Gia Khukhashvili, director of Georgian Development Research Institute. (Interpressnews.)

TBILISI, DFWatch — Just as the Inter RAO corruption scandal is jolting the political scene in Georgia, a Georgian think tank claims to have revealed three further cases of what is called high level corruption.

The Saakashvili government has been credited with having effectively rooted out corruption – among the lower strata of society. But his opponents have said that during the last eight years there has been a blooming of another form of corruption: among the government itself and business leaders.

Gia Khukhashvili, director of Georgian Development Research Institute (GDRI), says there have been criminal schemes by the former government and business, through which the government has extorted money from business.

Khukhashvili presented the findings at a briefing on Tuesday. He is a well-known person in Georgia. For years he has been conducting analyses of political and economic processes and became one of Prime Minister Bidzina Ivanishvili’s advisers after the latter entered Georgian politics. He is believed to have had a large influence on the current PM.

When the new government was confirmed, Khukhashvili did not join, but returned to the non-governmental organization where he had previously been working.

He says GDRI for the last two months has studied the anatomy of the relations between the former government and business, and discovered three criminal schemes.

“Businessmen were forced to have fake expenses [through shell companies, ed.], to invest in different projects,” he says. “Money flowed as cash directly to different coffers from those businesses. The schemes were developed by the Prosecutor’s Office.”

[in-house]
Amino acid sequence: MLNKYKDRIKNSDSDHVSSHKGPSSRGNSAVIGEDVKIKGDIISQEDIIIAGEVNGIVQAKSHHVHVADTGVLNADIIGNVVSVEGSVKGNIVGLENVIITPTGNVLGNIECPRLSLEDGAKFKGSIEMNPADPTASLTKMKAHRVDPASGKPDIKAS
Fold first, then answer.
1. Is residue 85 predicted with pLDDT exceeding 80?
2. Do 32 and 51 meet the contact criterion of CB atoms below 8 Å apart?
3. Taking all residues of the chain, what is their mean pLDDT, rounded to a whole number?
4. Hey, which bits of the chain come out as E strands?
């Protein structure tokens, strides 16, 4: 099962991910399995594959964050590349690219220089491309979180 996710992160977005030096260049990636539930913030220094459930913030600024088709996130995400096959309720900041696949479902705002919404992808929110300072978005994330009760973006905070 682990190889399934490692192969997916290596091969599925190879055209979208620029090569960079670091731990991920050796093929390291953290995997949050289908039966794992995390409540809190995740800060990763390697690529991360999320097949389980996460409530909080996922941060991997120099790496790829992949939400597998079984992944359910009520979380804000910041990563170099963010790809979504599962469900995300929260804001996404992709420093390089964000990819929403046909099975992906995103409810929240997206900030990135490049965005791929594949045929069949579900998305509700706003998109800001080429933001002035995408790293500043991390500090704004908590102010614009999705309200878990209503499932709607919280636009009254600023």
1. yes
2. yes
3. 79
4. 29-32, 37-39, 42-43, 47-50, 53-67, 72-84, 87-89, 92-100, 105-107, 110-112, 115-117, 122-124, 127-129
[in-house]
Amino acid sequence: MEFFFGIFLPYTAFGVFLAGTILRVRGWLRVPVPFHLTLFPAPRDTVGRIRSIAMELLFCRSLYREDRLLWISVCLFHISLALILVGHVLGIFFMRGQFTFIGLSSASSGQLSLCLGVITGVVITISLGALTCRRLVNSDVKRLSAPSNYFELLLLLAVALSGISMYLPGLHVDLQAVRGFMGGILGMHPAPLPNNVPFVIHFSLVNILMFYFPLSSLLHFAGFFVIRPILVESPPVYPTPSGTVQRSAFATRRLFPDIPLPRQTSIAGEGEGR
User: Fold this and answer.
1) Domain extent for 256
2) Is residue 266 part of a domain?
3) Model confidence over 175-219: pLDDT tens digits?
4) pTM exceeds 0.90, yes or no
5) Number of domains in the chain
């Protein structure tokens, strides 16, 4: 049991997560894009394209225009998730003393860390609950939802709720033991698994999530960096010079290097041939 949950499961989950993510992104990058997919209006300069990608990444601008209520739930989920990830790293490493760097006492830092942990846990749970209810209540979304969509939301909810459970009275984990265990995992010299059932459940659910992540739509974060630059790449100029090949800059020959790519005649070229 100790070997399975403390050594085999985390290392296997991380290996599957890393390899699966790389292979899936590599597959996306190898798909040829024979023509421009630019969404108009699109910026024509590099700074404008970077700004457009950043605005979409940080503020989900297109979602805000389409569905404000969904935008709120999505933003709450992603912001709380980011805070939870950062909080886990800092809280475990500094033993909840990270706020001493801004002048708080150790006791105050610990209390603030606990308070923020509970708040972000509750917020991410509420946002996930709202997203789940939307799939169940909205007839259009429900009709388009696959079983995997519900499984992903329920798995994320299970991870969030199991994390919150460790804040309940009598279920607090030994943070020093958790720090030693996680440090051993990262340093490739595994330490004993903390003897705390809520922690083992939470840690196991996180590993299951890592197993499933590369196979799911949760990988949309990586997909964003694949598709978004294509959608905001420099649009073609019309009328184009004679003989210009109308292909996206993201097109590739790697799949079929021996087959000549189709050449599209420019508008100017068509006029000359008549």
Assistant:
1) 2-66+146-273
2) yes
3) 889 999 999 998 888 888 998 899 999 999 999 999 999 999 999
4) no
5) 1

Khukhashvili explains it was a completely illegal system.

“I would call this ‘the Saakashvili collective’ and this was a depraved and ruined regime.”

The political component in business influenced pricing, and if prices are being reduced in markets today, it is caused by the removal of the political component from business, Khukhashvili says.

There has been much material revealed by the research, but the organization does not plan to publish it. The NGO will send a summary to the government and to international organizations, as well as embassies, but at this stage, Khukhashvili is not yet speaking about specific cases.

“If the National Movement does not present counter arguments, they might get a Georgian wikileaks, and in this case we may publish parts of the material.”

The National movement has not yet commented.